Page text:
After you have removed one side of the tire, the other side should come off very easily.
    Inspect Tube
    Now remove the tube from the tire, and try to keepcarbon bicycle rimstrack of where it was positioned in relation to the tire. Inflate the tube to approximately twice its original size. This will expand the hole making it easier to find.
    Listen carefully to the entire circumferenceof the tube; you should hear a hissing sound that will indicate where the leak is. As a last resort you can submerge the tube in water and watch for bubbles, but you’ll want to avoid doing this as you’ll need the tube to be completely dry in order for the patch glue to work.
    Once you’ve found the leak, take note of whether it is on the inner or outer side of the tube.
    If the hole was on the outer side of the tube, inspect the inner surface of the tire in that spot to make sure the object that caused the puncture is not still stuck in the tire. Double check the entire inner side of the tire by running your fingers along the entire surface, feeling for obstacles along the way.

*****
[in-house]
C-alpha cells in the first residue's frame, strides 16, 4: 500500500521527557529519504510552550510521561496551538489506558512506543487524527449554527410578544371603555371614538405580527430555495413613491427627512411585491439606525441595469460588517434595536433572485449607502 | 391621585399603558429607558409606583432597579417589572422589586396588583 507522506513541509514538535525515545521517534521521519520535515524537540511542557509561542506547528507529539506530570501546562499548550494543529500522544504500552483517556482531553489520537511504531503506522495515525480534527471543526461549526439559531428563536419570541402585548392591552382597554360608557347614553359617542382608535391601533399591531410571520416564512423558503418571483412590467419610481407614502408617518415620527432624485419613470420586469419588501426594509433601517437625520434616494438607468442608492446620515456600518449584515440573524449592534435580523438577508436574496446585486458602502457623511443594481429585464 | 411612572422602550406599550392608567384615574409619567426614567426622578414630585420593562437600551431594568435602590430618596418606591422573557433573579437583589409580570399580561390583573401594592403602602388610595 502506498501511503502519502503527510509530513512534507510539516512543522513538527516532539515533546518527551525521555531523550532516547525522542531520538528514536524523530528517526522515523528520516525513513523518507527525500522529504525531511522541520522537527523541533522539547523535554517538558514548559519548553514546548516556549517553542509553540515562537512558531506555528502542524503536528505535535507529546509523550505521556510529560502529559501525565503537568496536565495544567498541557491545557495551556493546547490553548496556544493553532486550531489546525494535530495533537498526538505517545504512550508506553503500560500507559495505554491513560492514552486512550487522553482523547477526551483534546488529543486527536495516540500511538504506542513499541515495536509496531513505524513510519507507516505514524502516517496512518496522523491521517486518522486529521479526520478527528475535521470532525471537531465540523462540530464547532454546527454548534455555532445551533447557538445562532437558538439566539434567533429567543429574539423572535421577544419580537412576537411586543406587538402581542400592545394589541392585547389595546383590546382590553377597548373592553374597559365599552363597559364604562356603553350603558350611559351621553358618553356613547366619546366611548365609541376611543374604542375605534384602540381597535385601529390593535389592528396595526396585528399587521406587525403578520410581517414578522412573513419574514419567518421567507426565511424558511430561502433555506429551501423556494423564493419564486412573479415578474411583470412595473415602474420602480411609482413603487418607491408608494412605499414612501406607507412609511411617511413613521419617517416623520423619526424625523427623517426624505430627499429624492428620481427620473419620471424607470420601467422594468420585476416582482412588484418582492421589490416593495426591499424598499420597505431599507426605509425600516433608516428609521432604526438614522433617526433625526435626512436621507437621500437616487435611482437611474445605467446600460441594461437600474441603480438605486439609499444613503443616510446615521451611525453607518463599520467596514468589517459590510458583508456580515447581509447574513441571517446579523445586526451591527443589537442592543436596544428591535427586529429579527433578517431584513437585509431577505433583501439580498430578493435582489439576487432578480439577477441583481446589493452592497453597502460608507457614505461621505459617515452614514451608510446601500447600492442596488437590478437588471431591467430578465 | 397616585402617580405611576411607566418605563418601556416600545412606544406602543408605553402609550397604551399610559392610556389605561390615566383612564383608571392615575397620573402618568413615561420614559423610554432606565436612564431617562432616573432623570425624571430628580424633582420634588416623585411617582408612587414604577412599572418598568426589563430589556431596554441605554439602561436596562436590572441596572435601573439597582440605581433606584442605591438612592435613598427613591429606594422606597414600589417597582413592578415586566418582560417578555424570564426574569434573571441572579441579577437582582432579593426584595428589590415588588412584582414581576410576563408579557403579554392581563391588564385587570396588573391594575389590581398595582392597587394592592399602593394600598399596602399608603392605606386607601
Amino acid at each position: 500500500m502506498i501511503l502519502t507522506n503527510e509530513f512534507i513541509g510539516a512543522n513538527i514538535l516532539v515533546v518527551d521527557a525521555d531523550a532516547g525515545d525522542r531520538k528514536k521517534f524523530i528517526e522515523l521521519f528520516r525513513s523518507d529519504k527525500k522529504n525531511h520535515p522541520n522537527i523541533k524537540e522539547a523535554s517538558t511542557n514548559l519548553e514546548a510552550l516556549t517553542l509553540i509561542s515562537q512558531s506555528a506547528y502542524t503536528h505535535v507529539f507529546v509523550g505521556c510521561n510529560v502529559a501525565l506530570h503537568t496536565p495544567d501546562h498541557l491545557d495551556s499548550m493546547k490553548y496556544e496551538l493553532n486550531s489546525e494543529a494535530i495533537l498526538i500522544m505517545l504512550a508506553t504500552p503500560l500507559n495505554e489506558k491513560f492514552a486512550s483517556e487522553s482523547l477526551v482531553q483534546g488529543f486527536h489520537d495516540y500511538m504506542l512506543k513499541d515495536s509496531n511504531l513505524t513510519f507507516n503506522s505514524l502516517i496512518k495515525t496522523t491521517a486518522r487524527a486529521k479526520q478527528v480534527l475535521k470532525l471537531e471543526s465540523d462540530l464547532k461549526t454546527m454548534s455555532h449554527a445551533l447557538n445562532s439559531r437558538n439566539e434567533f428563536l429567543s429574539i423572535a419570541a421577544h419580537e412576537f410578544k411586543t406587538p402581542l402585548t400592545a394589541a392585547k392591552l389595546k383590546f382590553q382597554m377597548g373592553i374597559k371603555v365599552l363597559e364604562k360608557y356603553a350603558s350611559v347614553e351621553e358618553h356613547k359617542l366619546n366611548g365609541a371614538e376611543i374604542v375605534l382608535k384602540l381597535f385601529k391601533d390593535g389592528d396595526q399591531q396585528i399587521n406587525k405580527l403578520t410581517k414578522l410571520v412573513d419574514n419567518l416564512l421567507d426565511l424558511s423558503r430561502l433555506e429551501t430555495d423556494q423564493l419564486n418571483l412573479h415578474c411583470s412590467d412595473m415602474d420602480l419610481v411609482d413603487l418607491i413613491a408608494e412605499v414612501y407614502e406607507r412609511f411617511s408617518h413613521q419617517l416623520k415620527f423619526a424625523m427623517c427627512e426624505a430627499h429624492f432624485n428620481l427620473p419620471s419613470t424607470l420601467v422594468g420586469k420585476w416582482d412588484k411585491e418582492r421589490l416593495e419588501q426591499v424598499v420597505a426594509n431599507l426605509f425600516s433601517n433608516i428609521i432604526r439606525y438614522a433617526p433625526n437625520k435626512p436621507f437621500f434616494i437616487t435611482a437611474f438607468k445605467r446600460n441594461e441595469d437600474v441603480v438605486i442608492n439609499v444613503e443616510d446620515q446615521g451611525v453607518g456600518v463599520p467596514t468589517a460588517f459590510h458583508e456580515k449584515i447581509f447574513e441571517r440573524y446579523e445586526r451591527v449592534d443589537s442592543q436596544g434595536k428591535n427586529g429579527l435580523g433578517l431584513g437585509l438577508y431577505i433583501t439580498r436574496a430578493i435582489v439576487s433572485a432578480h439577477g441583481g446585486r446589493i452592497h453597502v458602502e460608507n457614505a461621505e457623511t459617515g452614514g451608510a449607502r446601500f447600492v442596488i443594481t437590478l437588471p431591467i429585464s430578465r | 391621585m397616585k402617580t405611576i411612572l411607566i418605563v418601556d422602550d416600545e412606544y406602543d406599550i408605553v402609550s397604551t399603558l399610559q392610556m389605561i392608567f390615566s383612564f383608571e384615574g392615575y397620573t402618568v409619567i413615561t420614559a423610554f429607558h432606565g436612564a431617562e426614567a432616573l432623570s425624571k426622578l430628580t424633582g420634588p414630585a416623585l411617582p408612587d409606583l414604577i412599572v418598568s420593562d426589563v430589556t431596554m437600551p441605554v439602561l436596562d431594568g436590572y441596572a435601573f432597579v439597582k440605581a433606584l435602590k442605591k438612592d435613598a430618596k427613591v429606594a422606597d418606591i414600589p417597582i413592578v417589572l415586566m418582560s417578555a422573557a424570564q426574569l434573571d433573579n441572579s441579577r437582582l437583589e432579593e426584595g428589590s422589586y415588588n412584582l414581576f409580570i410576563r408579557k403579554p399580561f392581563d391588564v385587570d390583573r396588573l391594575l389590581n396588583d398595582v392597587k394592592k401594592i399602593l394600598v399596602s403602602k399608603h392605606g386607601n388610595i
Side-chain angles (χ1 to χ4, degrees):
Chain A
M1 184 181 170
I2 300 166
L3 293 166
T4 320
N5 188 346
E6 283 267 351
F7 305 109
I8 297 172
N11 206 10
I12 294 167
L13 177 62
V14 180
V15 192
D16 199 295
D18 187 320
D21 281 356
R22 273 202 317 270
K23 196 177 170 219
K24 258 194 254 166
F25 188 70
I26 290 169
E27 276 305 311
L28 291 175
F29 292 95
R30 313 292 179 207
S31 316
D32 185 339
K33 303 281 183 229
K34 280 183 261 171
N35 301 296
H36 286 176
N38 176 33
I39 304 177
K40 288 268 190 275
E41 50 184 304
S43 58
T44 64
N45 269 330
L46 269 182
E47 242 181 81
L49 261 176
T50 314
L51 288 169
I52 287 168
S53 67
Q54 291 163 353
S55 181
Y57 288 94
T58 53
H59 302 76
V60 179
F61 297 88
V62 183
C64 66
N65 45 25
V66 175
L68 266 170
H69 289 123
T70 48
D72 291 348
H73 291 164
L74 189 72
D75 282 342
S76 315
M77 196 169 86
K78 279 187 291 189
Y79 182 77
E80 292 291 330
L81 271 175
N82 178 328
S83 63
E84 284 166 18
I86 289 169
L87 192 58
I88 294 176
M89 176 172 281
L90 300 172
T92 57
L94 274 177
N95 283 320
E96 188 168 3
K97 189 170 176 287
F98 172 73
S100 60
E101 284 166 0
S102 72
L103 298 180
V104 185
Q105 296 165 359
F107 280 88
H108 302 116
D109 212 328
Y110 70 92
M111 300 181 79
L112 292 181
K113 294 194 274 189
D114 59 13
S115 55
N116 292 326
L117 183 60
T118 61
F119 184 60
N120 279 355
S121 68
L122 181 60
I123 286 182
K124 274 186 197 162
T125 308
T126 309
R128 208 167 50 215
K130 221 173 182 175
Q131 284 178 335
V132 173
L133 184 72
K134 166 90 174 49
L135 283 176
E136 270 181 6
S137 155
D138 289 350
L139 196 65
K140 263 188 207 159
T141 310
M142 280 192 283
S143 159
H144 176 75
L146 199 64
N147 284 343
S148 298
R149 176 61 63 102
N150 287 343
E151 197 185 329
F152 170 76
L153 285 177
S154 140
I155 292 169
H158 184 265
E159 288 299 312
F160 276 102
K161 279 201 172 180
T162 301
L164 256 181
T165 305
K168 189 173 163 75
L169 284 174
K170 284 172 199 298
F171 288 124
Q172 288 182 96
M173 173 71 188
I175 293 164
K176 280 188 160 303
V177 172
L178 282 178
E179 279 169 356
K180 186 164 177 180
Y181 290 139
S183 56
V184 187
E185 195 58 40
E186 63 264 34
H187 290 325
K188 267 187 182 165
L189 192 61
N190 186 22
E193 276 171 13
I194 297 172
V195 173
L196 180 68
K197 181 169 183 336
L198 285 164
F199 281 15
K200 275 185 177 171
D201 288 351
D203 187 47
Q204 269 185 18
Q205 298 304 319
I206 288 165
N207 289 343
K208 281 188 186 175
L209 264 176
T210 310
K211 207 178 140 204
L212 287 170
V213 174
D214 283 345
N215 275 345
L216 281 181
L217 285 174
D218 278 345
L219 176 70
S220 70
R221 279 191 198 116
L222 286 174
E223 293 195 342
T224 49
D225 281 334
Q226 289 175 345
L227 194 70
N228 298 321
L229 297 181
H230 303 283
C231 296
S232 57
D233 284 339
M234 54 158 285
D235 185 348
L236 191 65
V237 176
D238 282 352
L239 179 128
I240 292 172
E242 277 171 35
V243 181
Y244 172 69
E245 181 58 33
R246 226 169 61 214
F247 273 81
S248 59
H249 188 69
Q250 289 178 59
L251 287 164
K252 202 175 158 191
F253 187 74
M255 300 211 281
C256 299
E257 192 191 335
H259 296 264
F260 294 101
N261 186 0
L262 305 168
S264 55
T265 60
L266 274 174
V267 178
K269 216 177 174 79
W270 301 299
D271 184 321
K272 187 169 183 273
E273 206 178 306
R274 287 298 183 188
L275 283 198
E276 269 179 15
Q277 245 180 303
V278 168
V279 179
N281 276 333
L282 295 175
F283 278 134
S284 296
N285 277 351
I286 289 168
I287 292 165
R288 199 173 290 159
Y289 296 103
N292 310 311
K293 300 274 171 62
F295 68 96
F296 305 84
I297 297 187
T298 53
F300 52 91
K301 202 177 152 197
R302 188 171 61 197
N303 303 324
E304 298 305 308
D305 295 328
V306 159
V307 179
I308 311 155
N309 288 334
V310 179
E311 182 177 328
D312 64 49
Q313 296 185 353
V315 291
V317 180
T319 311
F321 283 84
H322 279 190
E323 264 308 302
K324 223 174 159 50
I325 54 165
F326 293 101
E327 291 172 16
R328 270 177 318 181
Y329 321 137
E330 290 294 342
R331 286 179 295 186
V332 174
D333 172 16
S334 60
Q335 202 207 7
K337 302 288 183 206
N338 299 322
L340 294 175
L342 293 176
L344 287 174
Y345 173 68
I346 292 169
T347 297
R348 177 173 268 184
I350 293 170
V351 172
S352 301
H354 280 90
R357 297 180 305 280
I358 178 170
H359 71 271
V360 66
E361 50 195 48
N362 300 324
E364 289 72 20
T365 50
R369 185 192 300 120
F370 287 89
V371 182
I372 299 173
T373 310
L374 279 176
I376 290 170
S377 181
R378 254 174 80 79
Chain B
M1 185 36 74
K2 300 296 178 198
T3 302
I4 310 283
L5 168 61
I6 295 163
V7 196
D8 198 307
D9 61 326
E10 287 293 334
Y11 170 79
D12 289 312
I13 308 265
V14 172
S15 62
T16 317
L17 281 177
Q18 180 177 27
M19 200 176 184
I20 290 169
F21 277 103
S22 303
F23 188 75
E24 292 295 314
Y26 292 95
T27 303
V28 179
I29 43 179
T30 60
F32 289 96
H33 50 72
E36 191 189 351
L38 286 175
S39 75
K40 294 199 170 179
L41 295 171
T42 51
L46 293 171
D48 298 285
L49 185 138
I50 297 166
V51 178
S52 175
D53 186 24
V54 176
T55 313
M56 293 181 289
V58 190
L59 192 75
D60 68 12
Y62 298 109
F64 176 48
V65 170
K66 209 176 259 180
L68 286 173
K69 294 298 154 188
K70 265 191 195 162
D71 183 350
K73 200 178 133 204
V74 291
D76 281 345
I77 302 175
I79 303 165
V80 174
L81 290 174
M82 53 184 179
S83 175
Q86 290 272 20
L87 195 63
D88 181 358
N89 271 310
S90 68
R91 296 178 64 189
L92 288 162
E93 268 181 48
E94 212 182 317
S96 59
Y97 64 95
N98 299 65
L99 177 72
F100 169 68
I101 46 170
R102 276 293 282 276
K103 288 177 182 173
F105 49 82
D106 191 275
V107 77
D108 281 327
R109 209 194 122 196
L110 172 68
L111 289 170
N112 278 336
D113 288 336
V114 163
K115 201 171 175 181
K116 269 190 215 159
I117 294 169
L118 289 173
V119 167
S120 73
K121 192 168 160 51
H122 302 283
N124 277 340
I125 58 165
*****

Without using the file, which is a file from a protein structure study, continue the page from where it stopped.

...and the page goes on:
If the hole was on the inner side of the tube,inspect yourzipp 404entire rim to make sure there are no sharp burrs in the metal, and that the rim tape is properly protecting the tube from your spoke ends.
    Now that the rim and tire are clear, it’s time to patch the tube. Select an appropriate sized patch for the hole. Use the sandpaper or scraper provided in your kit to buff the surface of the tube for an area a bit larger than the patch. You need to buff the tube so that it is no longer shiny. If the molding line is running along the area where the patch is to be applied, you must sand it down completely, or it will provide an air channel. Once buffed, avoid touching that area with your fingers.
    Apply a dab of rubber cement, and then spread it into a thin coat, using your cleanest finger. Work quickly. You want a thin, smooth coat of cement; if you keep fiddling with it as it begins to dry, you’ll risk making it lumpy. The thinner the cement, the faster it will dry. It is very important to allow the cement to dry completely.
    Peel the foil from the patch and press the patch onto the tube firmly, squeezing the patch tightly onto the tube.